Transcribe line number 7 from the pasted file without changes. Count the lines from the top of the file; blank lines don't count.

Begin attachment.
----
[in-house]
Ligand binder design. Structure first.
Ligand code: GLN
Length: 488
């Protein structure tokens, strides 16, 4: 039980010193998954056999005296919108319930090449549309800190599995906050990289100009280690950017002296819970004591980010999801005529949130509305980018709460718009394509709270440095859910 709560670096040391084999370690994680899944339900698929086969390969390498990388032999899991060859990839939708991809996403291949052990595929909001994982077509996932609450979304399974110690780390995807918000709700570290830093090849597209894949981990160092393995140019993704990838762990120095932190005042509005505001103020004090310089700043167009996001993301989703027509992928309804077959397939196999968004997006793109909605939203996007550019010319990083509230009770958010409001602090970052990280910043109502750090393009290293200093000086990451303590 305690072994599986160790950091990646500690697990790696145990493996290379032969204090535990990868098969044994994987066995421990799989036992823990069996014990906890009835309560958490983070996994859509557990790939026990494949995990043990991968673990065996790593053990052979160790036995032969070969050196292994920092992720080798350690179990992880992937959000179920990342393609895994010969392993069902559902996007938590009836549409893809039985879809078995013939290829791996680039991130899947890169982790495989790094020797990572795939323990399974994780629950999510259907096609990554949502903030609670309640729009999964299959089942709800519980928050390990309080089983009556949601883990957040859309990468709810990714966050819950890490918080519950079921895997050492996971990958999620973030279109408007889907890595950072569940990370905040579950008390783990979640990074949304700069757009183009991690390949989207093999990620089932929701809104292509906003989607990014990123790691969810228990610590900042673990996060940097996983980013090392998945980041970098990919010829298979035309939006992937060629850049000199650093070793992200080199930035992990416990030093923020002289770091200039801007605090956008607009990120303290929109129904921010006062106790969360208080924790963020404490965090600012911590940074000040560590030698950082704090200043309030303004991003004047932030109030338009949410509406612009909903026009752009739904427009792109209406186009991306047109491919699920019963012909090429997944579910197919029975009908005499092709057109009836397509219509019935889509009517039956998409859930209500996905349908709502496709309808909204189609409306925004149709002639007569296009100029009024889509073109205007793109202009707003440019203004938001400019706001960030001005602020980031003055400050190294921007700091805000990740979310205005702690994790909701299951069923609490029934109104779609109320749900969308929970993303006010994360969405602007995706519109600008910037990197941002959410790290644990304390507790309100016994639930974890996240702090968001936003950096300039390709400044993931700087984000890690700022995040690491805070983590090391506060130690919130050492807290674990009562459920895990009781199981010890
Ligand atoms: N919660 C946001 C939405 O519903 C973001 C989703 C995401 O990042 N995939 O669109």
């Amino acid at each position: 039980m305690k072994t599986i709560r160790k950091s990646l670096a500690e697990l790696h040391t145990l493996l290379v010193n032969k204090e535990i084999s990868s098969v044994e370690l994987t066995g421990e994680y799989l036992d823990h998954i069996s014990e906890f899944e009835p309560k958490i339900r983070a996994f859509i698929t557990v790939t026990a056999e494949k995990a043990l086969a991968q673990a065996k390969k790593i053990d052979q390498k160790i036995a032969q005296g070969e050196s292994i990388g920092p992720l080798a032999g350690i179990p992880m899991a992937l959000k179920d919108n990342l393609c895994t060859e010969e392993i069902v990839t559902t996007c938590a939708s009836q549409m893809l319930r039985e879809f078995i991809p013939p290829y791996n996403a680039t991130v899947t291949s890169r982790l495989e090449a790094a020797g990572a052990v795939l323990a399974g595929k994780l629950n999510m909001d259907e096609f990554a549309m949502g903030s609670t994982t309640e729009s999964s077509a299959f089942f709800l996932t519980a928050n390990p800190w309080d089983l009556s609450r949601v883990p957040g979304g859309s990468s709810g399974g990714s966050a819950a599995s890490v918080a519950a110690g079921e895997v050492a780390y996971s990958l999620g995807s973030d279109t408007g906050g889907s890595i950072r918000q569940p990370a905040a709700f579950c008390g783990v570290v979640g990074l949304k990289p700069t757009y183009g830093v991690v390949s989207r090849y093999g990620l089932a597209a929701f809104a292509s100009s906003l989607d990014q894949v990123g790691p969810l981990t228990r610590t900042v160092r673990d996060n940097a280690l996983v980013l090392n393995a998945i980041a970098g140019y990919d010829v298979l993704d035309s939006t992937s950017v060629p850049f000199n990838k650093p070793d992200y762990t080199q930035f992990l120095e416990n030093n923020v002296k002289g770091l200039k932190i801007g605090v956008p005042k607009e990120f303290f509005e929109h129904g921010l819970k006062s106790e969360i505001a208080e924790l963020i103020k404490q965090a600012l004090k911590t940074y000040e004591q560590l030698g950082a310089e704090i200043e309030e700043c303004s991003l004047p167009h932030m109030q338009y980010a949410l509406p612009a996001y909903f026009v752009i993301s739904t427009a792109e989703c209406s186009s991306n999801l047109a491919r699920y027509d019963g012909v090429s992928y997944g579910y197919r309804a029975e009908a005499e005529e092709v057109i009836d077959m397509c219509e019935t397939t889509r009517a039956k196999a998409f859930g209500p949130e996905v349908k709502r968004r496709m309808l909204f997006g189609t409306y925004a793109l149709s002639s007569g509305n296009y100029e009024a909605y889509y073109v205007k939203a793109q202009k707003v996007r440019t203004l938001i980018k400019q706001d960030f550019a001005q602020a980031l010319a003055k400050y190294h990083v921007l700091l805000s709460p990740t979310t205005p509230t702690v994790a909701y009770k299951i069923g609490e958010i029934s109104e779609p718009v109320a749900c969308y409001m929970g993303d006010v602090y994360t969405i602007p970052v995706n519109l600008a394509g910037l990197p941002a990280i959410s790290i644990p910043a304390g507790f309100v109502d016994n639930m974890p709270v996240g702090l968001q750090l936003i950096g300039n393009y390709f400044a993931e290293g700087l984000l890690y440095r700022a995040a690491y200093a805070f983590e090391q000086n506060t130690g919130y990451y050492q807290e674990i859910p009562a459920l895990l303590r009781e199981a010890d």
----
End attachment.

């Amino acid at each position: 039980m305690k072994t599986i709560r160790k950091s990646l670096a500690e697990l790696h040391t145990l493996l290379v010193n032969k204090e535990i084999s990868s098969v044994e370690l994987t066995g421990e994680y799989l036992d823990h998954i069996s014990e906890f899944e009835p309560k958490i339900r983070a996994f859509i698929t557990v790939t026990a056999e494949k995990a043990l086969a991968q673990a065996k390969k790593i053990d052979q390498k160790i036995a032969q005296g070969e050196s292994i990388g920092p992720l080798a032999g350690i179990p992880m899991a992937l959000k179920d919108n990342l393609c895994t060859e010969e392993i069902v990839t559902t996007c938590a939708s009836q549409m893809l319930r039985e879809f078995i991809p013939p290829y791996n996403a680039t991130v899947t291949s890169r982790l495989e090449a790094a020797g990572a052990v795939l323990a399974g595929k994780l629950n999510m909001d259907e096609f990554a549309m949502g903030s609670t994982t309640e729009s999964s077509a299959f089942f709800l996932t519980a928050n390990p800190w309080d089983l009556s609450r949601v883990p957040g979304g859309s990468s709810g399974g990714s966050a819950a599995s890490v918080a519950a110690g079921e895997v050492a780390y996971s990958l999620g995807s973030d279109t408007g906050g889907s890595i950072r918000q569940p990370a905040a709700f579950c008390g783990v570290v979640g990074l949304k990289p700069t757009y183009g830093v991690v390949s989207r090849y093999g990620l089932a597209a929701f809104a292509s100009s906003l989607d990014q894949v990123g790691p969810l981990t228990r610590t900042v160092r673990d996060n940097a280690l996983v980013l090392n393995a998945i980041a970098g140019y990919d010829v298979l993704d035309s939006t992937s950017v060629p850049f000199n990838k650093p070793d992200y762990t080199q930035f992990l120095e416990n030093n923020v002296k002289g770091l200039k932190i801007g605090v956008p005042k607009e990120f303290f509005e929109h129904g921010l819970k006062s106790e969360i505001a208080e924790l963020i103020k404490q965090a600012l004090k911590t940074y000040e004591q560590l030698g950082a310089e704090i200043e309030e700043c303004s991003l004047p167009h932030m109030q338009y980010a949410l509406p612009a996001y909903f026009v752009i993301s739904t427009a792109e989703c209406s186009s991306n999801l047109a491919r699920y027509d019963g012909v090429s992928y997944g579910y197919r309804a029975e009908a005499e005529e092709v057109i009836d077959m397509c219509e019935t397939t889509r009517a039956k196999a998409f859930g209500p949130e996905v349908k709502r968004r496709m309808l909204f997006g189609t409306y925004a793109l149709s002639s007569g509305n296009y100029e009024a909605y889509y073109v205007k939203a793109q202009k707003v996007r440019t203004l938001i980018k400019q706001d960030f550019a001005q602020a980031l010319a003055k400050y190294h990083v921007l700091l805000s709460p990740t979310t205005p509230t702690v994790a909701y009770k299951i069923g609490e958010i029934s109104e779609p718009v109320a749900c969308y409001m929970g993303d006010v602090y994360t969405i602007p970052v995706n519109l600008a394509g910037l990197p941002a990280i959410s790290i644990p910043a304390g507790f309100v109502d016994n639930m974890p709270v996240g702090l968001q750090l936003i950096g300039n393009y390709f400044a993931e290293g700087l984000l890690y440095r700022a995040a690491y200093a805070f983590e090391q000086n506060t130690g919130y990451y050492q807290e674990i859910p009562a459920l895990l303590r009781e199981a010890d």